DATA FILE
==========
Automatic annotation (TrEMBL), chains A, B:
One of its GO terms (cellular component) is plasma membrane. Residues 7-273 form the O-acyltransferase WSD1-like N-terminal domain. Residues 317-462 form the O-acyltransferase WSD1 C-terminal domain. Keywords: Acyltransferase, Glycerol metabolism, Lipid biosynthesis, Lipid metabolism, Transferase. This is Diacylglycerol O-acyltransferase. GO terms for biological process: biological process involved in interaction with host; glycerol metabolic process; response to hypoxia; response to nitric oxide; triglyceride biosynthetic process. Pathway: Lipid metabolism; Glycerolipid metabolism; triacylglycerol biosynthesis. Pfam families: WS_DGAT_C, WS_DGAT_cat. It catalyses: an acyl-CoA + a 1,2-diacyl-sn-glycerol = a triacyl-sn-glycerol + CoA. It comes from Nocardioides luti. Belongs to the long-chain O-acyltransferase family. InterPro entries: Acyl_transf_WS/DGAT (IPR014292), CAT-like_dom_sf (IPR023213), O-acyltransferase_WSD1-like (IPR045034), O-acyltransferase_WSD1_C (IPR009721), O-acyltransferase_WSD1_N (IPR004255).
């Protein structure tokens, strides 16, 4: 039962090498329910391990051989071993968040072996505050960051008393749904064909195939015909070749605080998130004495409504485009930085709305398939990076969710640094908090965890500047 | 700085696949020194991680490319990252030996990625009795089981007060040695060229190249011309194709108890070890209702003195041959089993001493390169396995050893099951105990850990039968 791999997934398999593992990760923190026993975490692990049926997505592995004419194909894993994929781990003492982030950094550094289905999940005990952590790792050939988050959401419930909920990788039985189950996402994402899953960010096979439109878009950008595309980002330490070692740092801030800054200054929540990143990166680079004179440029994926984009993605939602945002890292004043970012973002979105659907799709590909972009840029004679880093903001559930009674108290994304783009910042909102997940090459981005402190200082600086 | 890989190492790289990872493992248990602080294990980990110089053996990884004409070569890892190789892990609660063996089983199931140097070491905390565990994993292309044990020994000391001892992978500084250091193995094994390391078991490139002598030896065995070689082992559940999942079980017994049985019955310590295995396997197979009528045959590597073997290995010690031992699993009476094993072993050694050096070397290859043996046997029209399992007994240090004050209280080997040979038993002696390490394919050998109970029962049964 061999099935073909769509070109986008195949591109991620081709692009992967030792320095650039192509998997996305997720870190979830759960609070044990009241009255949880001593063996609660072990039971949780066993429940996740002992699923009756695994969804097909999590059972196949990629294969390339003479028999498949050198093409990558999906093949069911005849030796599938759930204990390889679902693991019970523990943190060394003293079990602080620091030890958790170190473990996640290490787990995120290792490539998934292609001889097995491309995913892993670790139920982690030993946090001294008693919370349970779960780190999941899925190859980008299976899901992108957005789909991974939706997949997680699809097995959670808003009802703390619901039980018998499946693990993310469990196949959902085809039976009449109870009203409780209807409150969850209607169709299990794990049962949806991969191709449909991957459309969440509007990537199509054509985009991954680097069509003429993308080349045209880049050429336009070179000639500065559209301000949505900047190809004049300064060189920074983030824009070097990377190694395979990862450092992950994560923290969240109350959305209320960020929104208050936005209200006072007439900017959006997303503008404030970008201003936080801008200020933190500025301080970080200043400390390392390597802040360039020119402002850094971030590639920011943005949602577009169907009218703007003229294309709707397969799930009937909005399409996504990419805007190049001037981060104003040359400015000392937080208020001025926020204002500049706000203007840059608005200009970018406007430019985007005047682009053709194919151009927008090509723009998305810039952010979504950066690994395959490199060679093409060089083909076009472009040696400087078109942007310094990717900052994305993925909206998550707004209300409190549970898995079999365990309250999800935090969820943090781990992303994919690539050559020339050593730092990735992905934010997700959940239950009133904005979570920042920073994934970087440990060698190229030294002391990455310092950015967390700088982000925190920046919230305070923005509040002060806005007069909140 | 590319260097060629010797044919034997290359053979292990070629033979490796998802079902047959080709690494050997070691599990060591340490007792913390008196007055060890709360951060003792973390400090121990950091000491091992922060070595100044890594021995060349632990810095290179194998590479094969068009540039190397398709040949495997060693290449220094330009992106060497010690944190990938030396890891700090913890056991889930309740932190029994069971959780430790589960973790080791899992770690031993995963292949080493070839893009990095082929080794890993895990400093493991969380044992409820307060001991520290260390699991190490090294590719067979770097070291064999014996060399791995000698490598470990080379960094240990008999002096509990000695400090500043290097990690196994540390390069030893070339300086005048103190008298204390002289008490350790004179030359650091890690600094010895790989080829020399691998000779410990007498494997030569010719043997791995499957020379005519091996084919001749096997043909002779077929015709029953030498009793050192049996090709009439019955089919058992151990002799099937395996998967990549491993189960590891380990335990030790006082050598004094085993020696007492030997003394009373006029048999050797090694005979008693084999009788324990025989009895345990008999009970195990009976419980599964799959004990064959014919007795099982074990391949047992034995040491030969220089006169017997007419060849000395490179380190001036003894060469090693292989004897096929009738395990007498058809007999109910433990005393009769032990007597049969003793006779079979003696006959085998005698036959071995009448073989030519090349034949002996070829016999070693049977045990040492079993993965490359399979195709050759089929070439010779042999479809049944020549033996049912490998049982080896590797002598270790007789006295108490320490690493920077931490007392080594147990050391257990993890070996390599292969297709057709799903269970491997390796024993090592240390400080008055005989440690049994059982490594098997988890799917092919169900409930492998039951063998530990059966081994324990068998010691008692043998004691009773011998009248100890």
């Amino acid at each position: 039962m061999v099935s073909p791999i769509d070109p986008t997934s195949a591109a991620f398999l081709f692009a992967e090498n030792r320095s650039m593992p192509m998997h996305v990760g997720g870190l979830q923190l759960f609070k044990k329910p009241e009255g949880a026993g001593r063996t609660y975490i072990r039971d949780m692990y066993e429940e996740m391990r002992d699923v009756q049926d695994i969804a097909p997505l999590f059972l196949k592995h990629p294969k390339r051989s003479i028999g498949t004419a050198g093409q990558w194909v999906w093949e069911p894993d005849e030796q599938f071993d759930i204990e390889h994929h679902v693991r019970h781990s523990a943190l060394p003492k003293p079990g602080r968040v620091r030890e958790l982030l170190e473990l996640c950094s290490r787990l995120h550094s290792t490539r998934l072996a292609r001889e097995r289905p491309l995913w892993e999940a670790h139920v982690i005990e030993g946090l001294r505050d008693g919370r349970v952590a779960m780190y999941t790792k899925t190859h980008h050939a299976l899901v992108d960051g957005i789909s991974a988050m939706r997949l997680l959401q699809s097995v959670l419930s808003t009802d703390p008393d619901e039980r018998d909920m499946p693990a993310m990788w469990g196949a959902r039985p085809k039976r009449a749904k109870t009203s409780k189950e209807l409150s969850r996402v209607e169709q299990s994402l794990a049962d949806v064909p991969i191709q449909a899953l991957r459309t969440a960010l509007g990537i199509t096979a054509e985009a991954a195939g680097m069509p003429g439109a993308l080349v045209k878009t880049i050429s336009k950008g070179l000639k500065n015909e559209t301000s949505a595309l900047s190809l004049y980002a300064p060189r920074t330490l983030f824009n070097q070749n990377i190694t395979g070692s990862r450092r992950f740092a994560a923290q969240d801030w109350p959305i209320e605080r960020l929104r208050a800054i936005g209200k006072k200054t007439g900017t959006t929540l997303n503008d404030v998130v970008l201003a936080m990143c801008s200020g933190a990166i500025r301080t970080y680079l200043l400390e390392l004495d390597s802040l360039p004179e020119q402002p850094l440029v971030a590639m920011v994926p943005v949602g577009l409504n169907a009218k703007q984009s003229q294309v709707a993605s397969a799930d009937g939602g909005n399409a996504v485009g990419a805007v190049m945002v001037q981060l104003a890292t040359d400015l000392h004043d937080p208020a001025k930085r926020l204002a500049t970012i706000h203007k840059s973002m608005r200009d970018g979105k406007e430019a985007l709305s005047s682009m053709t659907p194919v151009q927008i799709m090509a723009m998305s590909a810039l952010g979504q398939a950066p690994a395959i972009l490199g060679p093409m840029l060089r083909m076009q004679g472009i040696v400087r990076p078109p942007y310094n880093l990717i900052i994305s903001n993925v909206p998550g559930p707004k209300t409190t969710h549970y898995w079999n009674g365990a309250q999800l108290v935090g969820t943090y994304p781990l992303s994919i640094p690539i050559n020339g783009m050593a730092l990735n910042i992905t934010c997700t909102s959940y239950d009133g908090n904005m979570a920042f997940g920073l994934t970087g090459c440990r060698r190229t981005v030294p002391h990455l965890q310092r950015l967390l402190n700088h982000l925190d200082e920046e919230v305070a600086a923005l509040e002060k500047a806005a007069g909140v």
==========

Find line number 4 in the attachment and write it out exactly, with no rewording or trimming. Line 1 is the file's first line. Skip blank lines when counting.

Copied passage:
């Amino acid at each position: 039962m061999v099935s073909p791999i769509d070109p986008t997934s195949a591109a991620f398999l081709f692009a992967e090498n030792r320095s650039m593992p192509m998997h996305v990760g997720g870190l979830q923190l759960f609070k044990k329910p009241e009255g949880a026993g001593r063996t609660y975490i072990r039971d949780m692990y066993e429940e996740m391990r002992d699923v009756q049926d695994i969804a097909p997505l999590f059972l196949k592995h990629p294969k390339r051989s003479i028999g498949t004419a050198g093409q990558w194909v999906w093949e069911p894993d005849e030796q599938f071993d759930i204990e390889h994929h679902v693991r019970h781990s523990a943190l060394p003492k003293p079990g602080r968040v620091r030890e958790l982030l170190e473990l996640c950094s290490r787990l995120h550094s290792t490539r998934l072996a292609r001889e097995r289905p491309l995913w892993e999940a670790h139920v982690i005990e030993g946090l001294r505050d008693g919370r349970v952590a779960m780190y999941t790792k899925t190859h980008h050939a299976l899901v992108d960051g957005i789909s991974a988050m939706r997949l997680l959401q699809s097995v959670l419930s808003t009802d703390p008393d619901e039980r018998d909920m499946p693990a993310m990788w469990g196949a959902r039985p085809k039976r009449a749904k109870t009203s409780k189950e209807l409150s969850r996402v209607e169709q299990s994402l794990a049962d949806v064909p991969i191709q449909a899953l991957r459309t969440a960010l509007g990537i199509t096979a054509e985009a991954a195939g680097m069509p003429g439109a993308l080349v045209k878009t880049i050429s336009k950008g070179l000639k500065n015909e559209t301000s949505a595309l900047s190809l004049y980002a300064p060189r920074t330490l983030f824009n070097q070749n990377i190694t395979g070692s990862r450092r992950f740092a994560a923290q969240d801030w109350p959305i209320e605080r960020l929104r208050a800054i936005g209200k006072k200054t007439g900017t959006t929540l997303n503008d404030v998130v970008l201003a936080m990143c801008s200020g933190a990166i500025r301080t970080y680079l200043l400390e390392l004495d390597s802040l360039p004179e020119q402002p850094l440029v971030a590639m920011v994926p943005v949602g577009l409504n169907a009218k703007q984009s003229q294309v709707a993605s397969a799930d009937g939602g909005n399409a996504v485009g990419a805007v190049m945002v001037q981060l104003a890292t040359d400015l000392h004043d937080p208020a001025k930085r926020l204002a500049t970012i706000h203007k840059s973002m608005r200009d970018g979105k406007e430019a985007l709305s005047s682009m053709t659907p194919v151009q927008i799709m090509a723009m998305s590909a810039l952010g979504q398939a950066p690994a395959i972009l490199g060679p093409m840029l060089r083909m076009q004679g472009i040696v400087r990076p078109p942007y310094n880093l990717i900052i994305s903001n993925v909206p998550g559930p707004k209300t409190t969710h549970y898995w079999n009674g365990a309250q999800l108290v935090g969820t943090y994304p781990l992303s994919i640094p690539i050559n020339g783009m050593a730092l990735n910042i992905t934010c997700t909102s959940y239950d009133g908090n904005m979570a920042f997940g920073l994934t970087g090459c440990r060698r190229t981005v030294p002391h990455l965890q310092r950015l967390l402190n700088h982000l925190d200082e920046e919230v305070a600086a923005l509040e002060k500047a806005a007069g909140v």